MOSUL // Iraqi forces backed by jets and helicopters battled ISIL fighters inside west Mosul on Saturday but still faced a tough and potentially protracted battle to retake the extremist group’s bastion.
Almost a week into a major push on the city’s west bank, they were gaining significant ground, taking on ISIL on several fronts in one of the most intense phases of the four-month-old operation to retake the city.
Elite forces from the interior ministry’s Rapid Response units, which retook Mosul airport on Thursday, pressed north towards the city centre but their advance was expected to slow as they moved deeper.
“Right now we’re heading towards the Mosul governorate building, we’re now about one kilometre from the fourth bridge,” the city’s southernmost bridge across the Tigris River, Lieutenant Colonel Abdulamir Al Mohammadawi said on the front line.
“We’re heading towards the centre and also the Turkish consulate, which we’re about 500 metres from,” he said, as attack helicopters fired rockets at targets in the Jawsaq neighbourhood.
As they pushed deeper from the outer edges of the city into more densely populated areas, resistance appeared to stiffen.
“Daesh is using houses full of residents as human shields,” Lt Col Al Mohammadawi said, as tanks and troops rained fire on suspected ISIL snipers.
Moments later, Rapid Response fighters helped two wounded comrades back to the rear for treatment. They moaned in pain and one wore a tourniquet above his knee after being shot in the leg by a sniper.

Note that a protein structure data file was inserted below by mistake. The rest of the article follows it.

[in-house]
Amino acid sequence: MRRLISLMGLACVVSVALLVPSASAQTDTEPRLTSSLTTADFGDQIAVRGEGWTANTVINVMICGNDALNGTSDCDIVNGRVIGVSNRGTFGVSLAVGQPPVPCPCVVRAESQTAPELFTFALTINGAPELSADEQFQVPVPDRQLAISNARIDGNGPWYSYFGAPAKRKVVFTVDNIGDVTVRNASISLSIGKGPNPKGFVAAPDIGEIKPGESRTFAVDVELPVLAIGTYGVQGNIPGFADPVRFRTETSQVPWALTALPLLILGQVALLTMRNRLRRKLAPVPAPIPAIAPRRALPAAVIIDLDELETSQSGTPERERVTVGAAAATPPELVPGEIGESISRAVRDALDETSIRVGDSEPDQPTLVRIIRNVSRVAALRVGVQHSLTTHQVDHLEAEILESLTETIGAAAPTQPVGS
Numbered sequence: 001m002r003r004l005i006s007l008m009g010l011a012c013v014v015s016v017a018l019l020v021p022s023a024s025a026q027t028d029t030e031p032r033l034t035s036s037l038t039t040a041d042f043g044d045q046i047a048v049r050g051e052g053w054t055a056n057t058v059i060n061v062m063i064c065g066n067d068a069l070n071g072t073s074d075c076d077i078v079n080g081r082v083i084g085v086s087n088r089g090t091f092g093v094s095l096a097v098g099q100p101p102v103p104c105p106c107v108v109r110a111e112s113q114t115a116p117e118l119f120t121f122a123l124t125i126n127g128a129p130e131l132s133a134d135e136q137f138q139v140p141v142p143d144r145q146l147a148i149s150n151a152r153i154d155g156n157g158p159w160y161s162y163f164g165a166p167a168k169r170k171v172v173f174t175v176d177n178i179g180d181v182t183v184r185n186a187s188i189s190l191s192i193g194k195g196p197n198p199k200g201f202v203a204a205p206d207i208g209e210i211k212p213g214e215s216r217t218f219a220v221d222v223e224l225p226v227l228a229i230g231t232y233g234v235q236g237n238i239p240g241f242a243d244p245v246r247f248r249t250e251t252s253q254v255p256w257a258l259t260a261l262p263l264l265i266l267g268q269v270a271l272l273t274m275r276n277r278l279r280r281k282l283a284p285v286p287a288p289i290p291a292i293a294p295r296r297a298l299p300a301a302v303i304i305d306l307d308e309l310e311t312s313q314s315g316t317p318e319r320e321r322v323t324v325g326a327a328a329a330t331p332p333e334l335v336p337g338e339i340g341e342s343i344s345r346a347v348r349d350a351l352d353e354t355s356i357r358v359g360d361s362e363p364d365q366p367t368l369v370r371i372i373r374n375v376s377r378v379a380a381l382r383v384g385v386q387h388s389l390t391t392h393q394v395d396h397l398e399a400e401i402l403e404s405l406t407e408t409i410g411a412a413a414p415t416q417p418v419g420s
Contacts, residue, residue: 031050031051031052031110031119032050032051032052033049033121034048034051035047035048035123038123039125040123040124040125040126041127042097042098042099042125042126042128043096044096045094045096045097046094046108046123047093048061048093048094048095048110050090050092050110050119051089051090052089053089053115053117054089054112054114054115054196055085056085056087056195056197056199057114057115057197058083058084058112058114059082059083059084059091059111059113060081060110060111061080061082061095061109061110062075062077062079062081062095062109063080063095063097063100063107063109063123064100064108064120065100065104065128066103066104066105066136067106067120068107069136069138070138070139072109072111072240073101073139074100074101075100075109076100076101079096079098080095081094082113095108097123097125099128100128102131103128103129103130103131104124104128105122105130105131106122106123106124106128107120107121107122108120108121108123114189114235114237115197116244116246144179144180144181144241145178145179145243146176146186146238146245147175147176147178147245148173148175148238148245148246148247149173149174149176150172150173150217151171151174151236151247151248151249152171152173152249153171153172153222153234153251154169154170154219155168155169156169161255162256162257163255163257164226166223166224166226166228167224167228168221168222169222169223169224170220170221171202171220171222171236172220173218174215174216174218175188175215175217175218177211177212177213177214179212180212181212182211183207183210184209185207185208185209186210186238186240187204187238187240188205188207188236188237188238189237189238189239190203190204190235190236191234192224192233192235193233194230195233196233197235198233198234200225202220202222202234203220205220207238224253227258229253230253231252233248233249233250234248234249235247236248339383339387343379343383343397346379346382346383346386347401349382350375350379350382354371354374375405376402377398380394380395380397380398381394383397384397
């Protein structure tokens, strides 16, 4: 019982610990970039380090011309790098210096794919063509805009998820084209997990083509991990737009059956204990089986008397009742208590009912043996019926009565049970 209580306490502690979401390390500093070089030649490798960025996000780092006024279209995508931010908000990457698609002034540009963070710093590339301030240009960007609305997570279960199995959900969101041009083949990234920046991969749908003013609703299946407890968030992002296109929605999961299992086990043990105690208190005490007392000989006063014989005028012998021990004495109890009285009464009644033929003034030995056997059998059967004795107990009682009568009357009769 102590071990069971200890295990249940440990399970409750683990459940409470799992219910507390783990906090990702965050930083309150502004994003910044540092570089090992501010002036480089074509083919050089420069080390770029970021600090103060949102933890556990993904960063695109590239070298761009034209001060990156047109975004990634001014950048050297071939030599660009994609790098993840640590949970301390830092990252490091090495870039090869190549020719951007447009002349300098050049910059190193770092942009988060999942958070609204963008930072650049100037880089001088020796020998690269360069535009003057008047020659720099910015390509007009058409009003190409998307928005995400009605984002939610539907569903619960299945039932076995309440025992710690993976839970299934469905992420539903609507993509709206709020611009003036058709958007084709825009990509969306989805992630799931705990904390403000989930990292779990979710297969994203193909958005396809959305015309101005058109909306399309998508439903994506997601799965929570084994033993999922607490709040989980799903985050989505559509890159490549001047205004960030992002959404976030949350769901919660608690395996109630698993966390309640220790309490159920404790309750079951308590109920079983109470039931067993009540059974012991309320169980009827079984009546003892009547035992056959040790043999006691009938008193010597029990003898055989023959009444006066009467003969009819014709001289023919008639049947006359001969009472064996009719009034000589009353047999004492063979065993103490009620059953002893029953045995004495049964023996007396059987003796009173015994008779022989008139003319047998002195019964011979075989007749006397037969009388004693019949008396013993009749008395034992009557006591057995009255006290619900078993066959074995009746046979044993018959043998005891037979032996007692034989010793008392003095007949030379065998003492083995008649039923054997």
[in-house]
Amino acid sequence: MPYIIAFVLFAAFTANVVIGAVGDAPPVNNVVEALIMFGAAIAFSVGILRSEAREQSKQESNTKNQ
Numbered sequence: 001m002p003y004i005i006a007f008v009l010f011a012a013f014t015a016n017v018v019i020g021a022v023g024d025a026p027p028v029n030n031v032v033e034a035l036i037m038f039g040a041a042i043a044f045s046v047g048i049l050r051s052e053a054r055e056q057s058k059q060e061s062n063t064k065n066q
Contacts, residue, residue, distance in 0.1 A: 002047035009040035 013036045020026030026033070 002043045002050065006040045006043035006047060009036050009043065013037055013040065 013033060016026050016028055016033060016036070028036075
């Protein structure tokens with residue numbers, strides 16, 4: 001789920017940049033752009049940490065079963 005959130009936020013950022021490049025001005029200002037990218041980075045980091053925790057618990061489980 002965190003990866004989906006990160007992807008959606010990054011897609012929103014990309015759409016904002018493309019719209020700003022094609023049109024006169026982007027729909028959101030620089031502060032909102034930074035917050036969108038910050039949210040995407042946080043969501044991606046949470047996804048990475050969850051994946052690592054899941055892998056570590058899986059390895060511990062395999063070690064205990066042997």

An Iraqi female reporter, Shifa Gardi, was killed in west Mosul on Saturday when a roadside bomb exploded as she was covering the clashes, her television channel said.
The 30-year-old journalist for Kurdish news network Rudaw became the second reporter to die since the Mosul offensive began four months ago.
In areas now rid of the extremists, residents told of their lives under ISIL rule and celebrated their recovered freedom.
“They made us wear short trousers and beards, cigarettes were forbidden. The women had to cover even their eyes, it was forbidden even for their eyes to appear,” said 20-year-old Othman Raad outside his home in Jawsaq.
“Now we feel relaxed, our children are safe, we are safe,” he said, even as fighting raged blocks away.
Iraqi forces launched a fresh push from the south on February 19, nearly a month after the eastern side of Mosul was declared “fully liberated”.
A few hundred civilians had managed to flee areas on the outer edges of west Mosul since Thursday, but aid groups estimate that at least three quarters of a million people remained trapped on the west bank.
Aid groups have warned they faced an impossible choice of risking their lives to flee across combat lines or stay home, exposed to shelling and facing starvation as supplies become increasingly scarce.
* Agence France-Presse